Improving Public Health Materials on the Web Takes Human and Automated Indexing
In 2002–03, the Center for Natural Language Processing at Syracuse University developed a method for extracting key information from public health reports that will make it easier to find information on public health interventions.
Online databases like Medline allow clinicians to search the medical literature for information about best treatments for particular conditions and other medical information and research. No such tool exists for finding reports on public health interventions, however.
Project staff began by assembling a digital collection of public health documents. Sources included county and state public health agencies and the New York Academy of Medicine's grey literature collection. Staff assembled a team of public health professionals to identify the most important elements of reports, then wrote rules that would allow a computer system to recognize and extract these elements.
Public health professionals reached a consensus on the most important elements that would have to be extracted to produce a searchable database of public health documents. Six key elements were identified:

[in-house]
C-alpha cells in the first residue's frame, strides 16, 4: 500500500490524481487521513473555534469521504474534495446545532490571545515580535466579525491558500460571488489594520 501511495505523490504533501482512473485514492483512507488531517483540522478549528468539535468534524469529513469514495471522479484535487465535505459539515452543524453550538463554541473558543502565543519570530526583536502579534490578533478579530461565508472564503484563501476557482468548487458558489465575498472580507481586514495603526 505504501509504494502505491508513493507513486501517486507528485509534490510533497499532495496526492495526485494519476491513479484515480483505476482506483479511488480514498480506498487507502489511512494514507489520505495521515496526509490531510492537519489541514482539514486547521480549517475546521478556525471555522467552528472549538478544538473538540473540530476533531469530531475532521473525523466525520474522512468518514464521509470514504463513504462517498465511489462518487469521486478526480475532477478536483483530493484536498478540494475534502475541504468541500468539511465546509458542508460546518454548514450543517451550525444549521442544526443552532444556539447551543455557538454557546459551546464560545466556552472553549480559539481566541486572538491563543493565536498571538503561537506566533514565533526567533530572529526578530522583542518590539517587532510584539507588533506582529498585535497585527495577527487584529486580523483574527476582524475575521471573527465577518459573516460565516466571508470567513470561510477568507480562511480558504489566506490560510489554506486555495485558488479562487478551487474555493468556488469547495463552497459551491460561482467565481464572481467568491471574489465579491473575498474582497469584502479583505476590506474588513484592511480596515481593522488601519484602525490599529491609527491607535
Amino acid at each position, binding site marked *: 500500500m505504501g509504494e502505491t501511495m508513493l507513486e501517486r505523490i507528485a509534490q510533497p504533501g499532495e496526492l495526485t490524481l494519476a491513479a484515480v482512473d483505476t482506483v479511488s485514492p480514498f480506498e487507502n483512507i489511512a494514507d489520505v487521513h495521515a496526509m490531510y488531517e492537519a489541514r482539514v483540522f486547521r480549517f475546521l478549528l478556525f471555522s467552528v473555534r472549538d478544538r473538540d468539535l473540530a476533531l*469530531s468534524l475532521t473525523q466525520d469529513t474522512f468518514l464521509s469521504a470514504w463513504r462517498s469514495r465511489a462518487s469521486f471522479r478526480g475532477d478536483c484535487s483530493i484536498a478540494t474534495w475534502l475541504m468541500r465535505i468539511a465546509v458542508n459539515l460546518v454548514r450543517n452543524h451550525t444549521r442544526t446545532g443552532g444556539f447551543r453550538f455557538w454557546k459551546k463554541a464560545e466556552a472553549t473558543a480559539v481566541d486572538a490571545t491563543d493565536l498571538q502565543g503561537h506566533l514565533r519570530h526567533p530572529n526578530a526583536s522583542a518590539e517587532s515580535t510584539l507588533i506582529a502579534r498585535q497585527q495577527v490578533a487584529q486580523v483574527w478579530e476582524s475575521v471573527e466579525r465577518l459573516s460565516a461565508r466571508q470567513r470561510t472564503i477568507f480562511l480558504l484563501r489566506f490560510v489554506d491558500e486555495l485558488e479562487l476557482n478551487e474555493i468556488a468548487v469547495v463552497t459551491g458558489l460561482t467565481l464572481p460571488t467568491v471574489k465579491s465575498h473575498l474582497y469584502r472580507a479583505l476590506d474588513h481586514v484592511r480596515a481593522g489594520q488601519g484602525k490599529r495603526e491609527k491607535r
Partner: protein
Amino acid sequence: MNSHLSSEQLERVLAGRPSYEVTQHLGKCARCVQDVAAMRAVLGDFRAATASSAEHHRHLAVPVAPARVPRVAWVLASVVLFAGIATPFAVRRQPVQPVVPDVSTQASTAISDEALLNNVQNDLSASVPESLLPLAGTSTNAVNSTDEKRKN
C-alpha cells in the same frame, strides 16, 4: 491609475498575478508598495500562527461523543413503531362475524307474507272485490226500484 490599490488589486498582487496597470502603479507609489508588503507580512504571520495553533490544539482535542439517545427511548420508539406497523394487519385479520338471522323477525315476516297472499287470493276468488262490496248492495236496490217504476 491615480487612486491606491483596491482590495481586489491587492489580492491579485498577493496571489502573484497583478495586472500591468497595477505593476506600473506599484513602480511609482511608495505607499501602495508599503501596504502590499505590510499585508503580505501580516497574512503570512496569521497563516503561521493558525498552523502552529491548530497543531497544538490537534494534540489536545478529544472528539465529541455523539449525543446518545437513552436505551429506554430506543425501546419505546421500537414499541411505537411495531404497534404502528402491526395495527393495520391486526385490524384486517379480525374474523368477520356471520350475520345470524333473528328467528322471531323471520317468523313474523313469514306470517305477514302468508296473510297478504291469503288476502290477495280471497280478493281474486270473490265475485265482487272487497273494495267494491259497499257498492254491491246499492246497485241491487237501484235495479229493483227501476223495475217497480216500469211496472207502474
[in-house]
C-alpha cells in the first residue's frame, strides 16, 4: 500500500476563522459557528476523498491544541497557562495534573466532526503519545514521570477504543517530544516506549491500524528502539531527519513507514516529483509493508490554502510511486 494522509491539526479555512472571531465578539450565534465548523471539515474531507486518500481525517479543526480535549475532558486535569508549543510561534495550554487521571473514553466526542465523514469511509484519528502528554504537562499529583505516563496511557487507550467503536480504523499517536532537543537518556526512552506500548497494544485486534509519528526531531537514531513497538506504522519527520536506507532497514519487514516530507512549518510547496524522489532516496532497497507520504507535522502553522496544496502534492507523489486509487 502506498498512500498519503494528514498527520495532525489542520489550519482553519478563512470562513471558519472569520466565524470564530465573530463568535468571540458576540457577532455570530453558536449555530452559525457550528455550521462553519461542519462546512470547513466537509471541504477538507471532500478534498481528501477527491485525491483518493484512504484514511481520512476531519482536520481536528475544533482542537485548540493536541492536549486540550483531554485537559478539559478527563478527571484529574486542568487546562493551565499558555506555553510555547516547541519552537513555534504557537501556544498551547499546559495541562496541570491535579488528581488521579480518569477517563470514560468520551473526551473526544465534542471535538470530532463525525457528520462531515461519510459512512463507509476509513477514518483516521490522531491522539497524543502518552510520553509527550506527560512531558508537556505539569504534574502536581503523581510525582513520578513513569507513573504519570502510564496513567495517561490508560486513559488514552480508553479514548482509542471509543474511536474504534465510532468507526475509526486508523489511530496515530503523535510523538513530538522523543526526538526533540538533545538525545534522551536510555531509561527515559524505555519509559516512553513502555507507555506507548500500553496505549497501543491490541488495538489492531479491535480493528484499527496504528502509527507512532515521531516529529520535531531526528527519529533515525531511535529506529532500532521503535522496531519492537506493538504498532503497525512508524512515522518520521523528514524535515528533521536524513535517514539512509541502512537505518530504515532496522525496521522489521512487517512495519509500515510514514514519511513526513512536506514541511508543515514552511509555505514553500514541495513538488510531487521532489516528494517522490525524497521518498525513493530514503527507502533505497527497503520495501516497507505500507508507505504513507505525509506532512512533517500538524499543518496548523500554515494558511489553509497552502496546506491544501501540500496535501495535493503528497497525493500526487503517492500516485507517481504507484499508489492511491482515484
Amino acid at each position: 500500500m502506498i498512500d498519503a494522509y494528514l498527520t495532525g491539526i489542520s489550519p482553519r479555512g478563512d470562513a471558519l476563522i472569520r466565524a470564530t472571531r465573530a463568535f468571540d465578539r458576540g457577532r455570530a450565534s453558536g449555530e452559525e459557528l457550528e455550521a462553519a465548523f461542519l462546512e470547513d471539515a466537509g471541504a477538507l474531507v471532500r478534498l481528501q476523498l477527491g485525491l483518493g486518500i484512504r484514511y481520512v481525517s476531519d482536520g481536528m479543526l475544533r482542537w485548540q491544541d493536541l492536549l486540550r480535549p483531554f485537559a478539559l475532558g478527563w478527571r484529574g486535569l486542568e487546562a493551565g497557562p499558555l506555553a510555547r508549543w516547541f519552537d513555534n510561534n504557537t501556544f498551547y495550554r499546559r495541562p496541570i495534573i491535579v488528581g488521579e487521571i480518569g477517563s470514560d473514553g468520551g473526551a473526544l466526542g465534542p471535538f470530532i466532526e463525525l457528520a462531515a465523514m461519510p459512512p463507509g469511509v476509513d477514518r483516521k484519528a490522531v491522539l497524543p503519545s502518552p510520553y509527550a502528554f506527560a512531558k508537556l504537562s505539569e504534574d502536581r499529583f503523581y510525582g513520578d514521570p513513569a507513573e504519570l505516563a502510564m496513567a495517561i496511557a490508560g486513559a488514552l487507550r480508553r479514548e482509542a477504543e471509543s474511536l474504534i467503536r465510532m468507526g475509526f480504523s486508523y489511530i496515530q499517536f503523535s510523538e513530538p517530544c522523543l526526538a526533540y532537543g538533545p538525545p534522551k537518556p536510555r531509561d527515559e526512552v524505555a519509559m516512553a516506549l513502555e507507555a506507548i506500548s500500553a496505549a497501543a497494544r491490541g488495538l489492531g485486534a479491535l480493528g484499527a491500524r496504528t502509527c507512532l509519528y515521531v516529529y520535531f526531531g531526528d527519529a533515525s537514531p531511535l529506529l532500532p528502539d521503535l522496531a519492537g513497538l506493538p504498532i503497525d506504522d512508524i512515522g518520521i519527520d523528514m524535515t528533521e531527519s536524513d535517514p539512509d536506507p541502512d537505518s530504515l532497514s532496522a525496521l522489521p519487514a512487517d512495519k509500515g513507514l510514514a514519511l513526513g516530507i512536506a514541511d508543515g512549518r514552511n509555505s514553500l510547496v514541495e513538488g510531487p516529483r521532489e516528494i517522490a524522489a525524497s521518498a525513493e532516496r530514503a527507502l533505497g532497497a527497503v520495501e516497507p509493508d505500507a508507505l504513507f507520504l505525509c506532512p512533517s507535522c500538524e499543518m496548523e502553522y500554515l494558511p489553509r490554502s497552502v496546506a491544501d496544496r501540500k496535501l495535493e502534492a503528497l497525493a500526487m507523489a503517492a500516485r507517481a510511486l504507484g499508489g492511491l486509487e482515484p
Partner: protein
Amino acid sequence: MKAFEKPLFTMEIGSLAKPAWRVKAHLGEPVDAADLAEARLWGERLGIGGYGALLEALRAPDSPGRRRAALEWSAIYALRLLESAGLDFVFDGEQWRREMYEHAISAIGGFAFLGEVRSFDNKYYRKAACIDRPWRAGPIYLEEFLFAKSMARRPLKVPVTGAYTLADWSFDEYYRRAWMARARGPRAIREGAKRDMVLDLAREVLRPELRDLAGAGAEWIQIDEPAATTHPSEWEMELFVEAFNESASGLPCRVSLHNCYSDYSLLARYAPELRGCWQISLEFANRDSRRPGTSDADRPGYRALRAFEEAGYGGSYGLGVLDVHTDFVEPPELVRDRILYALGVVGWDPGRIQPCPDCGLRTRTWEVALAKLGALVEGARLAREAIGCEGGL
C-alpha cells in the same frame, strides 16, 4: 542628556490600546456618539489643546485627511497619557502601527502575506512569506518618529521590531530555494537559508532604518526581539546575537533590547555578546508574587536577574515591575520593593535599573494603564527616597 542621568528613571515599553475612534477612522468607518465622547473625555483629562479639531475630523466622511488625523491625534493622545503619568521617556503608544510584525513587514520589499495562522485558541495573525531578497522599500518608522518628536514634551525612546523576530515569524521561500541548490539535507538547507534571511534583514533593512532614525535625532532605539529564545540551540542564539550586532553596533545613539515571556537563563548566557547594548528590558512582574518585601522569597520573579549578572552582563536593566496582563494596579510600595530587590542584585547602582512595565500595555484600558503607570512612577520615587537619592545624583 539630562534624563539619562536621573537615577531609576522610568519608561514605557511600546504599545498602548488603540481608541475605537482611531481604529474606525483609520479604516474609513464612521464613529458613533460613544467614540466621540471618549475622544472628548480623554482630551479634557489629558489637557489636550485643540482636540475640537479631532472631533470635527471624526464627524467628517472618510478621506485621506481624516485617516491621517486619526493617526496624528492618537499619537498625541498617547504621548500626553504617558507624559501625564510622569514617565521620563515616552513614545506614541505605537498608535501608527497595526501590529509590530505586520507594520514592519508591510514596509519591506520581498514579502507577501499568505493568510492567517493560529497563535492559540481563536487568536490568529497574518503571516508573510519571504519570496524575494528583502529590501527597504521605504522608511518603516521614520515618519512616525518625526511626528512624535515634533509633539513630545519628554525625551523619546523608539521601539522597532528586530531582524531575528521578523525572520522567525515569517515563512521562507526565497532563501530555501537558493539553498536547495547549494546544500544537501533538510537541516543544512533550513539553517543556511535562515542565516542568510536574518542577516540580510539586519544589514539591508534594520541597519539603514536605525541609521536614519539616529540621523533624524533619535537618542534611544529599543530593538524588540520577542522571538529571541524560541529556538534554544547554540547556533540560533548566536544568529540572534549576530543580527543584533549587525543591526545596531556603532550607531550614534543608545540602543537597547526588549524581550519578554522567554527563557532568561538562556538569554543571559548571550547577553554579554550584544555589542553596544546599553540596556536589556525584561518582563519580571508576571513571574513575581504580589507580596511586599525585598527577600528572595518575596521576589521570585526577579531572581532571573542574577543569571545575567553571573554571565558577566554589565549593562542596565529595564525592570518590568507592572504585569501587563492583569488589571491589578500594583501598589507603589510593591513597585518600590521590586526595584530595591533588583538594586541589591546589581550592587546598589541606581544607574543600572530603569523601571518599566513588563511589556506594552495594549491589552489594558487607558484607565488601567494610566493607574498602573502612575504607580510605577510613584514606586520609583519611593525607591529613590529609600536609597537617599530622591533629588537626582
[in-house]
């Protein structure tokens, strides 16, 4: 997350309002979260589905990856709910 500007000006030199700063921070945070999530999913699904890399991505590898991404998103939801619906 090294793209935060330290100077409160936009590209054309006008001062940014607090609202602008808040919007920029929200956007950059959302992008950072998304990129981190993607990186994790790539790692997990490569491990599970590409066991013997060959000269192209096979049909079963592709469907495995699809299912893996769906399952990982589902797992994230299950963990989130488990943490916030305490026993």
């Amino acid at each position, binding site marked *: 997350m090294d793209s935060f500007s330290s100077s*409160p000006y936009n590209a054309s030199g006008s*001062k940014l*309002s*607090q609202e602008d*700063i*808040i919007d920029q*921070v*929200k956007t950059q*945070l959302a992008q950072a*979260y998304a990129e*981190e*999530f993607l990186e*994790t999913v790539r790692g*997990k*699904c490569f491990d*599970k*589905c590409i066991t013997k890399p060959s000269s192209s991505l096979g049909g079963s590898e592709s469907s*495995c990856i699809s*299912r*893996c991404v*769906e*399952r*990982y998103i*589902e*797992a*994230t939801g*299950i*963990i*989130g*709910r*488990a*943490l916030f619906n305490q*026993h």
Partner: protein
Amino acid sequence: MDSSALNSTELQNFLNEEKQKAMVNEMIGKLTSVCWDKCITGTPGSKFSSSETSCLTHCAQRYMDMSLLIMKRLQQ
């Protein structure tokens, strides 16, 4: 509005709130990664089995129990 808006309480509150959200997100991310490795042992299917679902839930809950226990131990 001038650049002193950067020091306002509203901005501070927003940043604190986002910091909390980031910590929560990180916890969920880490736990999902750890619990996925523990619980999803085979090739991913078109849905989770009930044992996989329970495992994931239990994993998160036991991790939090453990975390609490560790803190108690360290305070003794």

- The problem addressed by the intervention.
- A description of the intervention.
- The population targeted for the intervention.
- The document type.
- The geographical location.
- The document title.
Evaluation of the extracted elements from 39 documents determined that most had been identified with an accuracy ranging from 64 to 90 percent.
Overall, 46 percent of the documents yielded a complete and accurate summary, 41 percent yielded information but incomplete summaries, and 13 percent did not yield useful summaries. The most difficult element to identify was the document title, which is often difficult to pick out of a PDF file.